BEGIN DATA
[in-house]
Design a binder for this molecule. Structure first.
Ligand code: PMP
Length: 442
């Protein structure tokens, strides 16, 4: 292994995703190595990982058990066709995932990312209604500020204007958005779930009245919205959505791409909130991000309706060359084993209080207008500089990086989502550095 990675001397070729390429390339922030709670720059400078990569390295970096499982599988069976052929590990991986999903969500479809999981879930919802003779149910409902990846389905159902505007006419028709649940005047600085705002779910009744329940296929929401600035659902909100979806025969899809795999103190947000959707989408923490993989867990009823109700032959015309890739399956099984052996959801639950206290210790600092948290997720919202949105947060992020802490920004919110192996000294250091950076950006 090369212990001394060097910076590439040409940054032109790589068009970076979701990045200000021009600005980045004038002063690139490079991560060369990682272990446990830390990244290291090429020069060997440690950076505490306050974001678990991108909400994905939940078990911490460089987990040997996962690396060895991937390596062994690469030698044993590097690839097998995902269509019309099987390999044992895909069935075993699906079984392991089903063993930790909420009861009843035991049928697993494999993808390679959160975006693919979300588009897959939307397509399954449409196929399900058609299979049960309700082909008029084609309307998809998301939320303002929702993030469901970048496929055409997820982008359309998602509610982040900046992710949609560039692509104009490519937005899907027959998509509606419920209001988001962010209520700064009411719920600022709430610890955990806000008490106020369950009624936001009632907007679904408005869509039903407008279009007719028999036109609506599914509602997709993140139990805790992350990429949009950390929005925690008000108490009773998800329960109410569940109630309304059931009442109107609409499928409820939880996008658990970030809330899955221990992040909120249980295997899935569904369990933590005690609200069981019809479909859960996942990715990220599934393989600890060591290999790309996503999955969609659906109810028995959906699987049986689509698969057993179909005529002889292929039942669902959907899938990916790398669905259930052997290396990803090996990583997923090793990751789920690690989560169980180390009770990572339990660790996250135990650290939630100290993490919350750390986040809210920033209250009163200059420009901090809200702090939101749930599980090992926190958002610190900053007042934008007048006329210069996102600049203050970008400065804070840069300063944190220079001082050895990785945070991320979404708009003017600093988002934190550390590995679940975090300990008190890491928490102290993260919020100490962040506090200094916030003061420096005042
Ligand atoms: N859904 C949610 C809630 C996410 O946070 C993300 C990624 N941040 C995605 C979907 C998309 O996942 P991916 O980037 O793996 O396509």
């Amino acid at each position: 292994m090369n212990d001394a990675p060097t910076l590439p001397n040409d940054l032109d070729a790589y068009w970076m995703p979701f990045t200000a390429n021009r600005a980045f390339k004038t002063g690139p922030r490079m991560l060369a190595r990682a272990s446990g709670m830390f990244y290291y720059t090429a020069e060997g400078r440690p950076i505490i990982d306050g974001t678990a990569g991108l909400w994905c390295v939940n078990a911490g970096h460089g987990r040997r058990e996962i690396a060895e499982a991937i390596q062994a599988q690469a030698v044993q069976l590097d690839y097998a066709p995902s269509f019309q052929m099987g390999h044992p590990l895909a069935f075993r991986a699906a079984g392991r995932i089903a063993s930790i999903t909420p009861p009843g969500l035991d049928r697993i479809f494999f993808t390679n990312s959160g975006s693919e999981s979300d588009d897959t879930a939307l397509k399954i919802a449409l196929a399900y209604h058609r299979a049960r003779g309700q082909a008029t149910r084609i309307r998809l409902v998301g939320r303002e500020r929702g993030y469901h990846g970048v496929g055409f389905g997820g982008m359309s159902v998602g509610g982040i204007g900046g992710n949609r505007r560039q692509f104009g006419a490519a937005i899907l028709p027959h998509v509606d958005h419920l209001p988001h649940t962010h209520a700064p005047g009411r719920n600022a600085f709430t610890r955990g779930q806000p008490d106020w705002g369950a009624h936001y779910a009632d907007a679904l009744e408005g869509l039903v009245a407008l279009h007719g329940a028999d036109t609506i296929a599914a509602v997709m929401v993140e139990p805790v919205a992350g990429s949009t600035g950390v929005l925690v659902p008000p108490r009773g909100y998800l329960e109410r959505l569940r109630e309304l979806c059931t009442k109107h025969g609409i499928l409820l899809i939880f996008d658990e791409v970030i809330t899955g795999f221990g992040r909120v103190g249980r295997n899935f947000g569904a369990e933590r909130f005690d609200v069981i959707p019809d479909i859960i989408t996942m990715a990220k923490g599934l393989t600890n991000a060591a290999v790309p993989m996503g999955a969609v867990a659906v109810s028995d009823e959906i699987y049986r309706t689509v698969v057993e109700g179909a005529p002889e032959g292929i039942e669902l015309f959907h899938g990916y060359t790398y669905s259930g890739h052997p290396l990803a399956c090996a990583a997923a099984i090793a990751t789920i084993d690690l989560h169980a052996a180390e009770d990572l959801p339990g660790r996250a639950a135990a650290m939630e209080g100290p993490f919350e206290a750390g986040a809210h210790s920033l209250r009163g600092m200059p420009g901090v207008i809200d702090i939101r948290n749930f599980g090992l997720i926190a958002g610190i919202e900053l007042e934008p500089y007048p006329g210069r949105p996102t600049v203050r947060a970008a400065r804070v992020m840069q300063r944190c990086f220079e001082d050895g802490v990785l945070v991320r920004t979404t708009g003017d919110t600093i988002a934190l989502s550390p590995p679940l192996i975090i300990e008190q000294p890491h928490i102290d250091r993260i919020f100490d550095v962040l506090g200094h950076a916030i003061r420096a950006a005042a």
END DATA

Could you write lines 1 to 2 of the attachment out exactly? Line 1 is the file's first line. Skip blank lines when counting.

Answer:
[in-house]
Design a binder for this molecule. Structure first.